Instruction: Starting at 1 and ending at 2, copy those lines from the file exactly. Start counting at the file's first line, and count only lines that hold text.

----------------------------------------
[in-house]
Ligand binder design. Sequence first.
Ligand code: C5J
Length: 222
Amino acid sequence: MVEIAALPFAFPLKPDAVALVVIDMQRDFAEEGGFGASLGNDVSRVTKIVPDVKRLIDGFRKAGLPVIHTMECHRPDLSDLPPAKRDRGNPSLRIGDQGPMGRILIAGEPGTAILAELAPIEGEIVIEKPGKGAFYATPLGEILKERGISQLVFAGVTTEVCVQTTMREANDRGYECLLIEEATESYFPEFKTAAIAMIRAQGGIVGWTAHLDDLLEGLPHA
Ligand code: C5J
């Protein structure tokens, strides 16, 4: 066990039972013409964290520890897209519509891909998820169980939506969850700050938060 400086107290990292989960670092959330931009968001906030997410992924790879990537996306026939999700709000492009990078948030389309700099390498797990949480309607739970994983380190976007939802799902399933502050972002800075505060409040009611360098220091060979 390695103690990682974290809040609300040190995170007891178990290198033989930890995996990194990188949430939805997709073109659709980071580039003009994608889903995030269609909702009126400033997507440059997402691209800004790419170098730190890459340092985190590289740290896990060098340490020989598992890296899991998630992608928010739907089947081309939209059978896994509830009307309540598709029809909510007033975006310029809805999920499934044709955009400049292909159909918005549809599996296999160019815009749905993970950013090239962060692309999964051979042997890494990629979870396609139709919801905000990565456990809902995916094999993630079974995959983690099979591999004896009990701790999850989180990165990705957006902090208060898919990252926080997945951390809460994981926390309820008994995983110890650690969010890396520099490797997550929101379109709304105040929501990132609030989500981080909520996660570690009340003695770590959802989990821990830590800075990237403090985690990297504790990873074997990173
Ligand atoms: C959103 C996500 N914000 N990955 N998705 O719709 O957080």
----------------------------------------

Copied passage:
[in-house]
Ligand binder design. Sequence first.